Cisco and leading venture capital firm Draper Fisher Jurvetson have announced their second annual global business plan competition for college and university students. The two firms will award $250,000 to the firm that wins this years DFJ and Cisco Global Business Plan Competition.

This competition makes use of some Cisco technology so participants can interact while building and presenting their firms. From the press release:

Leading global early-stage venture capital firm Draper Fisher Jurvetson (DFJ) and Cisco today announced they will jointly hold the second annual global business plan competition for students aimed at fostering innovation and entrepreneurship. The competition will leverage Cisco TelePresence(TM), which enables collaboration through a live, face-to-face video network communications experience, to allow finalists from around the world to present their business plans in real time to a joint panel of DFJ and Cisco executives based in San Jose.

The competition is designed to elicit new technology-oriented ideas from aspiring college and university student entrepreneurs around the world. Fourteen finalists will be announced on June 22, 2010. The winner, who will be announced on June 29, 2010, will receive a minimum of $250,000 seed money. The winner will also receive professional feedback and mentorship from both DFJ and Cisco.

“I could travel to over a dozen countries, visit hundreds of universities, spend months meeting with thousands of companies, but instead I get to see the best of the best during one single day via the geographic reach of the DFJ Global Network and the magic of Cisco TelePresence(TM),” said Tim Draper, managing director, DFJ. “Last year we held our first global business plan competition, and we were absolutely blown away by the caliber of the teams. These are resilient, nimble, and resourceful young entrepreneurs who follow their passions and make things happen. I have been in the venture industry for 25 years, and it’s entrepreneurs like these that will continue to inspire me for the next 25.”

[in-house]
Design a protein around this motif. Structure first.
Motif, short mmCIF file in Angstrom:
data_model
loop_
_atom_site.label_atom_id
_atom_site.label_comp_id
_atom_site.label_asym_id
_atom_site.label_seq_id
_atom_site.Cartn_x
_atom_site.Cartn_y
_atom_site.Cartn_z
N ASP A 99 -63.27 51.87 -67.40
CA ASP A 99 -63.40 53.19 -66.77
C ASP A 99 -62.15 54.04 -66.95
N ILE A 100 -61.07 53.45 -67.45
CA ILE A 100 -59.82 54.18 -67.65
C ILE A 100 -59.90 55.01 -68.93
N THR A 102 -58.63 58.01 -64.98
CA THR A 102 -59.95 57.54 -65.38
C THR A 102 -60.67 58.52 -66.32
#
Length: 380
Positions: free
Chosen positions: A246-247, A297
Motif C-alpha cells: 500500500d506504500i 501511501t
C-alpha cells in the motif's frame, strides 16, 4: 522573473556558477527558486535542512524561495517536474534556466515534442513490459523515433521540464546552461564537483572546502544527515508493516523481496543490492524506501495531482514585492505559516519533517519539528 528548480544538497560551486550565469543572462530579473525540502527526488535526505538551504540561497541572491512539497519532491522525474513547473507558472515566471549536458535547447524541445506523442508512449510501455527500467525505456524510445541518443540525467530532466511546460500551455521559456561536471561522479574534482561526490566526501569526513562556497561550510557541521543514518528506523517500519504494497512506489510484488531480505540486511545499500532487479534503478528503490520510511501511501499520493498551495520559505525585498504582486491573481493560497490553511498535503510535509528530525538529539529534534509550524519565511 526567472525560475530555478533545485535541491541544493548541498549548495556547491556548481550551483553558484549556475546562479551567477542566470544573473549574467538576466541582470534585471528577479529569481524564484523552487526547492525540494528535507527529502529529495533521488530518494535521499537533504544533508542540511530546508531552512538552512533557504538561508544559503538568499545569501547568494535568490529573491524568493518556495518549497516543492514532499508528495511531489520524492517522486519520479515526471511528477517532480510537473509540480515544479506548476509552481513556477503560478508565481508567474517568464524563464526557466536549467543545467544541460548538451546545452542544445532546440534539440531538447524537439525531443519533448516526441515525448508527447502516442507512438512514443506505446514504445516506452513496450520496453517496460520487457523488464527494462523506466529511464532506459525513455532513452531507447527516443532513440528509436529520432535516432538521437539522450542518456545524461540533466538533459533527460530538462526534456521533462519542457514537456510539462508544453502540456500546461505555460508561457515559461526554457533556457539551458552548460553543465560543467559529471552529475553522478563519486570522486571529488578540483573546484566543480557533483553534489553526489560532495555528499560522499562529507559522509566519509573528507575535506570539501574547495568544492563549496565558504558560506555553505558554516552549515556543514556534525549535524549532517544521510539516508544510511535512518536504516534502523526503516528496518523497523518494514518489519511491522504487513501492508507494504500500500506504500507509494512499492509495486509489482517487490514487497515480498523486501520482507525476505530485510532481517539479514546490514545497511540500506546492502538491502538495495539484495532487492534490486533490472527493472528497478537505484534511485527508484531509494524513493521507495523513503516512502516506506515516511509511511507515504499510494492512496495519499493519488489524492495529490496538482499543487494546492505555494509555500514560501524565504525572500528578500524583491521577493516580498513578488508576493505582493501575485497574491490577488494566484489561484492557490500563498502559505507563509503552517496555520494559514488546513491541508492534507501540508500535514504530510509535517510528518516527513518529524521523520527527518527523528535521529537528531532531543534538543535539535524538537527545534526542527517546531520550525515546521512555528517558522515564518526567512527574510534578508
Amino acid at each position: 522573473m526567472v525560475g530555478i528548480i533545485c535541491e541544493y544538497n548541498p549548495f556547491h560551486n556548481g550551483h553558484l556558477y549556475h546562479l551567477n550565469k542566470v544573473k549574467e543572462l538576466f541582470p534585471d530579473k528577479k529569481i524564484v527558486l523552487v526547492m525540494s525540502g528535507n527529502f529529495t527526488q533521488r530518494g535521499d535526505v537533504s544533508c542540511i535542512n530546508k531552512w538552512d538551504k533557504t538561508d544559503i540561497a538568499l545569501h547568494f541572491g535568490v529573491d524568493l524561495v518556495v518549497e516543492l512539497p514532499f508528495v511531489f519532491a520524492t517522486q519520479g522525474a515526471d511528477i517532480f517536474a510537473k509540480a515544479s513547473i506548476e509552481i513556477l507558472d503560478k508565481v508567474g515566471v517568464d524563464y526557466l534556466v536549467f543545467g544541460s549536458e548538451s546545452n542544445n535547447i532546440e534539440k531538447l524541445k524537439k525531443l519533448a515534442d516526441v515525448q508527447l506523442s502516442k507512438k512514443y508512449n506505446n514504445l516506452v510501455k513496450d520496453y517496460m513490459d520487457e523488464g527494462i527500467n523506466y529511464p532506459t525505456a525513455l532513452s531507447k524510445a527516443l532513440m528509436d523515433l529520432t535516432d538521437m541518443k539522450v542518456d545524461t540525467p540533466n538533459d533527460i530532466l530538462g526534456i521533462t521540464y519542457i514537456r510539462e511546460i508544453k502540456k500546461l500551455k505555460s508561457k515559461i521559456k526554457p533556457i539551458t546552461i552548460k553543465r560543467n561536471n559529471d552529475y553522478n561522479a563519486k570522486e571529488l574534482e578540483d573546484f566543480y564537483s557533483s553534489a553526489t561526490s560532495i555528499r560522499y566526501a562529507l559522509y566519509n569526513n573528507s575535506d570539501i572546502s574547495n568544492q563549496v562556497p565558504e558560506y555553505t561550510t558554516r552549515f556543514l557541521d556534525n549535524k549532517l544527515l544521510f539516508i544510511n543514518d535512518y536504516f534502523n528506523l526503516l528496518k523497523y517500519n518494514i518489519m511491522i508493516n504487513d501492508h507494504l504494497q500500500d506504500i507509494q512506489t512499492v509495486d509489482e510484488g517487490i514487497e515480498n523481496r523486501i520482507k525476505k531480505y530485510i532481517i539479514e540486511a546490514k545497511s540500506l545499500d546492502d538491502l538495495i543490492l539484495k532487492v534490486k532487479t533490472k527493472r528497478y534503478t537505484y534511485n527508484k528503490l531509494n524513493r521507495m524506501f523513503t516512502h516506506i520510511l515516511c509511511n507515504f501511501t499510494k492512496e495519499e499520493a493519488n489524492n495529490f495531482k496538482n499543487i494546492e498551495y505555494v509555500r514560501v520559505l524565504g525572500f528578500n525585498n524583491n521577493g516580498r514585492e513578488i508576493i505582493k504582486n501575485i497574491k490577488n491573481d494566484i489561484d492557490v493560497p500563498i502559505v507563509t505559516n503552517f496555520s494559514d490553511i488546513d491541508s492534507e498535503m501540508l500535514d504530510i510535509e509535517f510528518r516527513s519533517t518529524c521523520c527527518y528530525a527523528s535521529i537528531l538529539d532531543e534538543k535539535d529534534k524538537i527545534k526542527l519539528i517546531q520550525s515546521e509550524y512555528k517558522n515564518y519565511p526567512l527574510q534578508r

This is a great opportunity for student entrepreneurs to gain some more knowledge, get some feedback, and continue their journey. Check out the site and check out some of last years finalists and what they are up to now.

Draper Fisher Jurvetson and Cisco to Hold Second Annual Global Business Plan Competition via Cisco TelePresence(TM) – MarketWatch.

Families Help Nurture Vanderbilt Entrepreneurs

Great piece from Sramana Mitra highlighting two entrepreneurs that launched an educational software firm, Archipelago Learning, out of Vanderbilt. Mitra highlights the importance of supportive friends and families as founders, especially young ones, begin the process of building a sustainable business.

From the piece:

Family suppoert allowed Vanderbilt University fraternity brothers David Muzzo and Cameron Chalmers in 2000 to cofound Study Island, an educational software company. Since then, the company changed its name to Archipelago Learning, went public and did $55 million in revenue last year.

One of their grandmothers had a condo in Fort Lauderdale, Fla., that she was not using, and she let Muzzo and Chalmers live there rent free. The two friends spent a year-and-a-half developing what would become Archipelago.

The idea for Archipelago was to create a software application that let students enter the material they were trying to learn and share it with other students. Muzzo and Chalmers’ vision was that Archipelago would evolve into a shared library of academic content.

Mitra points out that the free rent may have been worth up to $20,000 in angel financing? So entrepreneurs, family and friends, be creative in how you can support the growing firm in front of you.

Families: Nurture Entrepreneurs – Forbes.com.